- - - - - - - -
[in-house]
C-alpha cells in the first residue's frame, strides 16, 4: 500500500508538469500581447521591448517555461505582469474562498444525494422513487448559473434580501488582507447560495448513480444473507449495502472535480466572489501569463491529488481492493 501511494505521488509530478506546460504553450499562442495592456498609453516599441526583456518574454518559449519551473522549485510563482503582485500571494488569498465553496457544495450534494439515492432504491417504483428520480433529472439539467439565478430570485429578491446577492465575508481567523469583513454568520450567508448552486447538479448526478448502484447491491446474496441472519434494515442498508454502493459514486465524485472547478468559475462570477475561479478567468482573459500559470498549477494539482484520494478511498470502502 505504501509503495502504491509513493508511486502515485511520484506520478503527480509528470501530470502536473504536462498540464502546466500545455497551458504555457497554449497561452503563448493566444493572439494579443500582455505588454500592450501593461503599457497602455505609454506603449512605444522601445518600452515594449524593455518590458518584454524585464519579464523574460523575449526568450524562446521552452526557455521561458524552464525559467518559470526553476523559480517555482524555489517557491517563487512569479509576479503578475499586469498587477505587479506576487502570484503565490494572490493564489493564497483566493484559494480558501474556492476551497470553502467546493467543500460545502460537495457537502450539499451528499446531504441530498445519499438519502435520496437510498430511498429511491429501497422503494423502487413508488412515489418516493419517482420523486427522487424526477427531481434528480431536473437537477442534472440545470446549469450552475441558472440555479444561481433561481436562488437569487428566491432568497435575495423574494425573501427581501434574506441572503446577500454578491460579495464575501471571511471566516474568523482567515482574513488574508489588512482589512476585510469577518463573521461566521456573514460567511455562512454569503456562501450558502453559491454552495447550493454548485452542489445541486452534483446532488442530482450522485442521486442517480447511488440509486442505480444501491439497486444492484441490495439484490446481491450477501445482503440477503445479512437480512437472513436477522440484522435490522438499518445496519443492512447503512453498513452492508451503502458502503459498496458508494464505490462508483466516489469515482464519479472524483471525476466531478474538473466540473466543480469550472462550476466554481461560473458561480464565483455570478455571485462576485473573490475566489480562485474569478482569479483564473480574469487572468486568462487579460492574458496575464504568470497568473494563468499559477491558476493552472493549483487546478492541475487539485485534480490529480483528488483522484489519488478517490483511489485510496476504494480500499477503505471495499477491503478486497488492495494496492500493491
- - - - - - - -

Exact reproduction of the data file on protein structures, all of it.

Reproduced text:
[in-house]
C-alpha cells in the first residue's frame, strides 16, 4: 500500500508538469500581447521591448517555461505582469474562498444525494422513487448559473434580501488582507447560495448513480444473507449495502472535480466572489501569463491529488481492493 501511494505521488509530478506546460504553450499562442495592456498609453516599441526583456518574454518559449519551473522549485510563482503582485500571494488569498465553496457544495450534494439515492432504491417504483428520480433529472439539467439565478430570485429578491446577492465575508481567523469583513454568520450567508448552486447538479448526478448502484447491491446474496441472519434494515442498508454502493459514486465524485472547478468559475462570477475561479478567468482573459500559470498549477494539482484520494478511498470502502 505504501509503495502504491509513493508511486502515485511520484506520478503527480509528470501530470502536473504536462498540464502546466500545455497551458504555457497554449497561452503563448493566444493572439494579443500582455505588454500592450501593461503599457497602455505609454506603449512605444522601445518600452515594449524593455518590458518584454524585464519579464523574460523575449526568450524562446521552452526557455521561458524552464525559467518559470526553476523559480517555482524555489517557491517563487512569479509576479503578475499586469498587477505587479506576487502570484503565490494572490493564489493564497483566493484559494480558501474556492476551497470553502467546493467543500460545502460537495457537502450539499451528499446531504441530498445519499438519502435520496437510498430511498429511491429501497422503494423502487413508488412515489418516493419517482420523486427522487424526477427531481434528480431536473437537477442534472440545470446549469450552475441558472440555479444561481433561481436562488437569487428566491432568497435575495423574494425573501427581501434574506441572503446577500454578491460579495464575501471571511471566516474568523482567515482574513488574508489588512482589512476585510469577518463573521461566521456573514460567511455562512454569503456562501450558502453559491454552495447550493454548485452542489445541486452534483446532488442530482450522485442521486442517480447511488440509486442505480444501491439497486444492484441490495439484490446481491450477501445482503440477503445479512437480512437472513436477522440484522435490522438499518445496519443492512447503512453498513452492508451503502458502503459498496458508494464505490462508483466516489469515482464519479472524483471525476466531478474538473466540473466543480469550472462550476466554481461560473458561480464565483455570478455571485462576485473573490475566489480562485474569478482569479483564473480574469487572468486568462487579460492574458496575464504568470497568473494563468499559477491558476493552472493549483487546478492541475487539485485534480490529480483528488483522484489519488478517490483511489485510496476504494480500499477503505471495499477491503478486497488492495494496492500493491